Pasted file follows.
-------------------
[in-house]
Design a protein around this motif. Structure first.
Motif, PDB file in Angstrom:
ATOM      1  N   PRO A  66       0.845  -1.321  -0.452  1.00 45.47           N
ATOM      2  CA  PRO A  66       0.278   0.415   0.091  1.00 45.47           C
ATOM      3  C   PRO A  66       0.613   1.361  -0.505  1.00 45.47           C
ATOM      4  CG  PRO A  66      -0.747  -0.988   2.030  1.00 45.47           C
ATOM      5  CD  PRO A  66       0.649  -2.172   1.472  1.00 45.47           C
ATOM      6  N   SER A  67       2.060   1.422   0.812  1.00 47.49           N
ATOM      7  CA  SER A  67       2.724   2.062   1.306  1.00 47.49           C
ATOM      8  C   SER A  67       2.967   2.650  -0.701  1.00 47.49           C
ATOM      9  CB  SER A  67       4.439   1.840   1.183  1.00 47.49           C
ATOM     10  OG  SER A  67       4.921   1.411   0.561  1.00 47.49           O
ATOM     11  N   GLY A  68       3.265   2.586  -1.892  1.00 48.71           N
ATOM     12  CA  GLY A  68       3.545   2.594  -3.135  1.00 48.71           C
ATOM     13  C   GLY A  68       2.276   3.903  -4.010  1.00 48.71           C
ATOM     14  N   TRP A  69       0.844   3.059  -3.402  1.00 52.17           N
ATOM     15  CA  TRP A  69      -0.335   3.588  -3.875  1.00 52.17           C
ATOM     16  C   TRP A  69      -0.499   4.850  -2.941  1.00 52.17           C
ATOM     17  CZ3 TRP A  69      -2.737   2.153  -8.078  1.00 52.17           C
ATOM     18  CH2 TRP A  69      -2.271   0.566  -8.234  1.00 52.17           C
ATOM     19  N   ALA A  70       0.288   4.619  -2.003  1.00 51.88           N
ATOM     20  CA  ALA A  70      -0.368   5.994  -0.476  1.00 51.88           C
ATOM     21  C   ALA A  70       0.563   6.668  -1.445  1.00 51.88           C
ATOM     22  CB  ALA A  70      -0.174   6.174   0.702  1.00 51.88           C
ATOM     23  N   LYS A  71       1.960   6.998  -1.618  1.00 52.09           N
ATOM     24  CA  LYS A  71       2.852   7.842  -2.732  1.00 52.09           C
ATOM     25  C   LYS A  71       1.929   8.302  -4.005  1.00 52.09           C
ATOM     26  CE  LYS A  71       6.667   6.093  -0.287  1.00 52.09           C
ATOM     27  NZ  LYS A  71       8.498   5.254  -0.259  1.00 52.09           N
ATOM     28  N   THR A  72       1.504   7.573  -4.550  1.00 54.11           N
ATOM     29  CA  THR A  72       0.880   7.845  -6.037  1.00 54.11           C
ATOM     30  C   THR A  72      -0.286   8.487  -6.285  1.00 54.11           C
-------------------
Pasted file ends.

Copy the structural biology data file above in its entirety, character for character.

[in-house]
Design a protein around this motif. Structure first.
Motif, PDB file in Angstrom:
ATOM      1  N   PRO A  66       0.845  -1.321  -0.452  1.00 45.47           N
ATOM      2  CA  PRO A  66       0.278   0.415   0.091  1.00 45.47           C
ATOM      3  C   PRO A  66       0.613   1.361  -0.505  1.00 45.47           C
ATOM      4  CG  PRO A  66      -0.747  -0.988   2.030  1.00 45.47           C
ATOM      5  CD  PRO A  66       0.649  -2.172   1.472  1.00 45.47           C
ATOM      6  N   SER A  67       2.060   1.422   0.812  1.00 47.49           N
ATOM      7  CA  SER A  67       2.724   2.062   1.306  1.00 47.49           C
ATOM      8  C   SER A  67       2.967   2.650  -0.701  1.00 47.49           C
ATOM      9  CB  SER A  67       4.439   1.840   1.183  1.00 47.49           C
ATOM     10  OG  SER A  67       4.921   1.411   0.561  1.00 47.49           O
ATOM     11  N   GLY A  68       3.265   2.586  -1.892  1.00 48.71           N
ATOM     12  CA  GLY A  68       3.545   2.594  -3.135  1.00 48.71           C
ATOM     13  C   GLY A  68       2.276   3.903  -4.010  1.00 48.71           C
ATOM     14  N   TRP A  69       0.844   3.059  -3.402  1.00 52.17           N
ATOM     15  CA  TRP A  69      -0.335   3.588  -3.875  1.00 52.17           C
ATOM     16  C   TRP A  69      -0.499   4.850  -2.941  1.00 52.17           C
ATOM     17  CZ3 TRP A  69      -2.737   2.153  -8.078  1.00 52.17           C
ATOM     18  CH2 TRP A  69      -2.271   0.566  -8.234  1.00 52.17           C
ATOM     19  N   ALA A  70       0.288   4.619  -2.003  1.00 51.88           N
ATOM     20  CA  ALA A  70      -0.368   5.994  -0.476  1.00 51.88           C
ATOM     21  C   ALA A  70       0.563   6.668  -1.445  1.00 51.88           C
ATOM     22  CB  ALA A  70      -0.174   6.174   0.702  1.00 51.88           C
ATOM     23  N   LYS A  71       1.960   6.998  -1.618  1.00 52.09           N
ATOM     24  CA  LYS A  71       2.852   7.842  -2.732  1.00 52.09           C
ATOM     25  C   LYS A  71       1.929   8.302  -4.005  1.00 52.09           C
ATOM     26  CE  LYS A  71       6.667   6.093  -0.287  1.00 52.09           C
ATOM     27  NZ  LYS A  71       8.498   5.254  -0.259  1.00 52.09           N
ATOM     28  N   THR A  72       1.504   7.573  -4.550  1.00 54.11           N
ATOM     29  CA  THR A  72       0.880   7.845  -6.037  1.00 54.11           C
ATOM     30  C   THR A  72      -0.286   8.487  -6.285  1.00 54.11           C